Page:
“Spectacular…one-of-a-kind…a very sparkly part of our history.”—WCVB-TV

What is a gem? "Jewels, Gems, and Treasures: Ancient to Modern," the first exhibition in the Museum's new Rita J. and Stanley H. Kaplan Family Foundation Gallery, examines the various roles and meanings associated with a wide range of gem materials. Drawn from the MFA’s collection and select loans, these range from a 24th-century BC Nubian conch shell amulet, to Mary Todd Lincoln’s 19th-century diamond and gold suite, to a 20th-century platinum, diamond, ruby, and sapphire Flag brooch honoring the sacrifices of the Doughboys in World War I.

Today, in the West, we have come to regard diamond, pearl, emerald, sapphire, and ruby as the most precious of materials. That has not always been the case. Other substances have commanded equal attention, from feathers, claws, and mica appliqués to coral and rock crystal, serving a protective role, guarding their wearer from dangerous circumstances or malevolent forces. Other substances, especially those that are rare and available to a select few, are signifiers of wealth and power.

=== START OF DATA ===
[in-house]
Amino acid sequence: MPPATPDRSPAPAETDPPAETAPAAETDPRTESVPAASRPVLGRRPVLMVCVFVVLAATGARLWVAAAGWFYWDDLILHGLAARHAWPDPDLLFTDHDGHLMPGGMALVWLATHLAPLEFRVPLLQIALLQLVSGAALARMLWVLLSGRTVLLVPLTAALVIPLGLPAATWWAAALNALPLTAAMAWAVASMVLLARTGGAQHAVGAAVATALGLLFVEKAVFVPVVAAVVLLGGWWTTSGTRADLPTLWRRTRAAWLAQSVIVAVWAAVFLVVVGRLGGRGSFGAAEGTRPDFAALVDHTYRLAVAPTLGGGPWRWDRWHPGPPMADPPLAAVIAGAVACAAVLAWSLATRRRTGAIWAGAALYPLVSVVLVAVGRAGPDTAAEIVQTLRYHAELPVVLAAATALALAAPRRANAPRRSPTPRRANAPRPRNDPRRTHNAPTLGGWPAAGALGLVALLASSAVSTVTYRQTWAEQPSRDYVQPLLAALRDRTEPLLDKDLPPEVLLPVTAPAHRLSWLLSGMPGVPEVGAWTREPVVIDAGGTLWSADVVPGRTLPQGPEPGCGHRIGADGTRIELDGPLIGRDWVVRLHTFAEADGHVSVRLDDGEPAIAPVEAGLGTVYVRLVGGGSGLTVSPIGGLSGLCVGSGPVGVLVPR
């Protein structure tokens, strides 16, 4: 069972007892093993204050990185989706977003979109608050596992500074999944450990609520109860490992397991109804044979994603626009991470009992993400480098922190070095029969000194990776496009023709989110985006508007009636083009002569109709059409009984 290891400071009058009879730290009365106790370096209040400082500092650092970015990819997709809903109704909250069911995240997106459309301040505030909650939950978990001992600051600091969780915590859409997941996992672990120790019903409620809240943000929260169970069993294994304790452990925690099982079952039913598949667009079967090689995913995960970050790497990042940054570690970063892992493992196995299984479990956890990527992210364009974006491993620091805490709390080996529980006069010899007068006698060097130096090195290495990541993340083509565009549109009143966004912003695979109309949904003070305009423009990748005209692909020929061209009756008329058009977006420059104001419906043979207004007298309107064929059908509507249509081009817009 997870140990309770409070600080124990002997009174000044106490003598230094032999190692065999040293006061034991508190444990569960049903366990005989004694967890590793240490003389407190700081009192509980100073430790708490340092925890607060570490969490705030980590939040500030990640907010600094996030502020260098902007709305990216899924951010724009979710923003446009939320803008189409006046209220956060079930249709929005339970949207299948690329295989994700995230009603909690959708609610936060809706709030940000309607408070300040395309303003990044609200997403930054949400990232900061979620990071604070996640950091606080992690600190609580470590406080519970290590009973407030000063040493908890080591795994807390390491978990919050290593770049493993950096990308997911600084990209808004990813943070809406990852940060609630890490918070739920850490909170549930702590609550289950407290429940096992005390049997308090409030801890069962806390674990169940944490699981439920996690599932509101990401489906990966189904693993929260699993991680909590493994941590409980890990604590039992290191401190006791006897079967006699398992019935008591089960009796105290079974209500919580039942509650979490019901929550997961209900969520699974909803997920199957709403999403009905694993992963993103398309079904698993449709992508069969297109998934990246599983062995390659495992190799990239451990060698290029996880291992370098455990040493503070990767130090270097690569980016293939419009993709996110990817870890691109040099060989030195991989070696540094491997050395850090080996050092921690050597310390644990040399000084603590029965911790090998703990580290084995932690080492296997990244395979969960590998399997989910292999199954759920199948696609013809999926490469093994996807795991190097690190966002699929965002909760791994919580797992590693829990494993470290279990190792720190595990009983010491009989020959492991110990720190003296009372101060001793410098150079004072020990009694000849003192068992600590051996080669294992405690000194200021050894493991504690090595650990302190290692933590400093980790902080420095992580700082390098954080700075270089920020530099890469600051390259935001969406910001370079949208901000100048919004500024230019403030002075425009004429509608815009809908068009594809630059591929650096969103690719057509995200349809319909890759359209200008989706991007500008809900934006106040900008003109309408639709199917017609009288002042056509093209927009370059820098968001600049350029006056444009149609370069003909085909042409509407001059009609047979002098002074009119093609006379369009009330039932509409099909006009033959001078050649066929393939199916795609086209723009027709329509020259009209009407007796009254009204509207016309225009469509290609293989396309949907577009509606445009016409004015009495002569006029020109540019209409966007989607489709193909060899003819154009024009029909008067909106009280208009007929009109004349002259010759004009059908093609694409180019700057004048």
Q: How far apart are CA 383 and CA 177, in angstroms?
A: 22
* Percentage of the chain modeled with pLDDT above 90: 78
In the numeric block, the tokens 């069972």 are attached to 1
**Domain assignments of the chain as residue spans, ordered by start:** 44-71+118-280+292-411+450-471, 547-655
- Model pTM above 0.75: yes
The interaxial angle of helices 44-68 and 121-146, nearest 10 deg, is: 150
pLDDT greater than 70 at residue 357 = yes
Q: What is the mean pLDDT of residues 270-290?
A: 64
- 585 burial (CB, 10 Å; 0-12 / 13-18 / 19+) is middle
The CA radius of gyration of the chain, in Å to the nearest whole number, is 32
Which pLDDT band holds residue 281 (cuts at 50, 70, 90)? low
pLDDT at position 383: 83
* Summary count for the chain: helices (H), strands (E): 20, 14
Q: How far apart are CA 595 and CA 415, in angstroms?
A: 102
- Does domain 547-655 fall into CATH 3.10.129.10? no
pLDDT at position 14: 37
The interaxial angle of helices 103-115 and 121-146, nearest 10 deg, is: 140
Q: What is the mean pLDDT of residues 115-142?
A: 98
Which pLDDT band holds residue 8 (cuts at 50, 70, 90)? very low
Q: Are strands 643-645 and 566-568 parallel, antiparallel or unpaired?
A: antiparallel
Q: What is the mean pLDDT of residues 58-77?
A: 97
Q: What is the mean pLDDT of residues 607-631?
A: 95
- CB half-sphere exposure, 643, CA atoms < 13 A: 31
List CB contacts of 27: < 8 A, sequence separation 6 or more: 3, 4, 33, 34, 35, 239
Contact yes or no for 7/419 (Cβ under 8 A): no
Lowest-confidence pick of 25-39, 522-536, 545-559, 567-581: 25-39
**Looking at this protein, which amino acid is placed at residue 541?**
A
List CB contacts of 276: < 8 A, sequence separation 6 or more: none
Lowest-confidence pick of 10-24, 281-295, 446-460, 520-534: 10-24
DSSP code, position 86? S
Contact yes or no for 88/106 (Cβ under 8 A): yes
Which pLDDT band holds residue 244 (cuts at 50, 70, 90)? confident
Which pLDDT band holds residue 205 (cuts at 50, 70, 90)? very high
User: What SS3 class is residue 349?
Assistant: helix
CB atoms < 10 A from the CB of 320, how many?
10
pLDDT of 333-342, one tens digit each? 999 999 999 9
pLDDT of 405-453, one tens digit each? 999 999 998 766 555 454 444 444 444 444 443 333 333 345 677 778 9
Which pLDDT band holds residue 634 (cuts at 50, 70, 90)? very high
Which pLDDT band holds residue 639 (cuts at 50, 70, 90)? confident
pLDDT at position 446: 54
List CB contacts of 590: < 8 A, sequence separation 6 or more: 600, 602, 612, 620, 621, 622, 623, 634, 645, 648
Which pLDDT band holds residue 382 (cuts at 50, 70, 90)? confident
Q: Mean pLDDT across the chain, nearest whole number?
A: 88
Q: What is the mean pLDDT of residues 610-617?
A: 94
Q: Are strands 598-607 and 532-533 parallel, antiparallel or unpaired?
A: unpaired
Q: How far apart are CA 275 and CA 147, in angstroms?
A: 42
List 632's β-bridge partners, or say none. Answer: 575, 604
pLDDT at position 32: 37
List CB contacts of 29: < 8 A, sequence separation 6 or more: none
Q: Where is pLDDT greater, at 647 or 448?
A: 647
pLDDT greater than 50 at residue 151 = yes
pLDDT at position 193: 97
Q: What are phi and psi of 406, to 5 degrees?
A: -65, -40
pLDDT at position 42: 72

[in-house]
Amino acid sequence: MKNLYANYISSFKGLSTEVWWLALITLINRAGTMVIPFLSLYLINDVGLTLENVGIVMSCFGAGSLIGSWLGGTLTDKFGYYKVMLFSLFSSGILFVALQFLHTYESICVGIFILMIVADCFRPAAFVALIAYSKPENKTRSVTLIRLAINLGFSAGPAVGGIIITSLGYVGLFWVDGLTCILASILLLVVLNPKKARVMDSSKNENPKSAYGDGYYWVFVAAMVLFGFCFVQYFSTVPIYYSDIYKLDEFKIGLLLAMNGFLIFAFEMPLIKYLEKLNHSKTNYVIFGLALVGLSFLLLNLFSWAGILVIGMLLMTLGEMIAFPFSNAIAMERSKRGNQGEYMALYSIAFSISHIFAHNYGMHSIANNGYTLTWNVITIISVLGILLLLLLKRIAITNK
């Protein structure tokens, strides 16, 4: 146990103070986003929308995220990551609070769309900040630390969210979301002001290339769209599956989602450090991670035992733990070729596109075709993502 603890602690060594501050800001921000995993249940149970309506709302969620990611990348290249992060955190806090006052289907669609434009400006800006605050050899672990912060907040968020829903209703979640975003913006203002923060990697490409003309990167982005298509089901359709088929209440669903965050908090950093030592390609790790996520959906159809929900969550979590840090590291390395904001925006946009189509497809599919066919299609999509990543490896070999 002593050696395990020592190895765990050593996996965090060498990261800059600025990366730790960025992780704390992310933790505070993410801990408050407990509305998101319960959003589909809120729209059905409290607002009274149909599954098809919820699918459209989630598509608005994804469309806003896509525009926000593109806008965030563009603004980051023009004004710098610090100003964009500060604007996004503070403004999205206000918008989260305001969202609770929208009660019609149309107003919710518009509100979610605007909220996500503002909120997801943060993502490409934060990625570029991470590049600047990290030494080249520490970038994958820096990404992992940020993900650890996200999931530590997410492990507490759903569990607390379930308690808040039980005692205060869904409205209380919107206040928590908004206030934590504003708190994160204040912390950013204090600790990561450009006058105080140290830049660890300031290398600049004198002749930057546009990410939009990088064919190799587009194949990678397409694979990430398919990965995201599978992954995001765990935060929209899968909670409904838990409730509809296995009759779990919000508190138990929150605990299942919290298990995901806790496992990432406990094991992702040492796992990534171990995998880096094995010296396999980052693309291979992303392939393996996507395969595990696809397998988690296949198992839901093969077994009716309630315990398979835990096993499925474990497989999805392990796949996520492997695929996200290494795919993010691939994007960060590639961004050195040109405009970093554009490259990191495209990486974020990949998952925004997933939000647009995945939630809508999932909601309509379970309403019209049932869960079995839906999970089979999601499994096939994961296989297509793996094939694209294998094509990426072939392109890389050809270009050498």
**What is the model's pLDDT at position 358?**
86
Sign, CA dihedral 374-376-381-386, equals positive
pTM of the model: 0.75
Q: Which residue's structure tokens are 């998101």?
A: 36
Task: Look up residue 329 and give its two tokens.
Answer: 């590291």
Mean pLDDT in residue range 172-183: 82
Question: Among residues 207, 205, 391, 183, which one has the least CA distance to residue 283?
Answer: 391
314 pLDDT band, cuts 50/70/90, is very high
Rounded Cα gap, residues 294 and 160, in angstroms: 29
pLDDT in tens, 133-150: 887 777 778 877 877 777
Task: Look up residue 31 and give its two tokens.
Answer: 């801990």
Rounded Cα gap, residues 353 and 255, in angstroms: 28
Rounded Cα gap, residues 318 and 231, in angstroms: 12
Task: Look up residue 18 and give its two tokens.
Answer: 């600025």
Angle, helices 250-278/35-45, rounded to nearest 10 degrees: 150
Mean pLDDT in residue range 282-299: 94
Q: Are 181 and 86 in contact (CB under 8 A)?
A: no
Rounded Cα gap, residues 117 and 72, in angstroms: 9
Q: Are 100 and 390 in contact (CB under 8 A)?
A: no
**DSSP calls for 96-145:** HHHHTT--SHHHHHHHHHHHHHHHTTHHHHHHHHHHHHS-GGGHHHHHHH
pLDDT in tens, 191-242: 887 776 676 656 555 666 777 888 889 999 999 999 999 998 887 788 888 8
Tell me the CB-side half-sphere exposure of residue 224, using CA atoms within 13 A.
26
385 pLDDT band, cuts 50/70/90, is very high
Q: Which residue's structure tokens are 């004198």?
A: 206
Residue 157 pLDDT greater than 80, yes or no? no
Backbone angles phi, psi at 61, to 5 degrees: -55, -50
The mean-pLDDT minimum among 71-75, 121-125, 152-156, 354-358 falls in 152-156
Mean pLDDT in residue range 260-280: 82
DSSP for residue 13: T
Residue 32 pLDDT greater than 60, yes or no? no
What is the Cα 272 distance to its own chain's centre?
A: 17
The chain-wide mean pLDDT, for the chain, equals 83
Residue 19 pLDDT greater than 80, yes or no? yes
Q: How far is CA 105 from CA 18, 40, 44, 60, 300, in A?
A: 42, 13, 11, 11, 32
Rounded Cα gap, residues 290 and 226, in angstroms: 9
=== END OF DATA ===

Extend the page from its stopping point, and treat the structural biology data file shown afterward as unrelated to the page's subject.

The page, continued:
ABOVE: This charming enamel marsh-bird decorated with moonstones and pearls was created by English Arts and Crafts designer Charles Robert Ashbee as a hair ornament that was later converted to a brooch.

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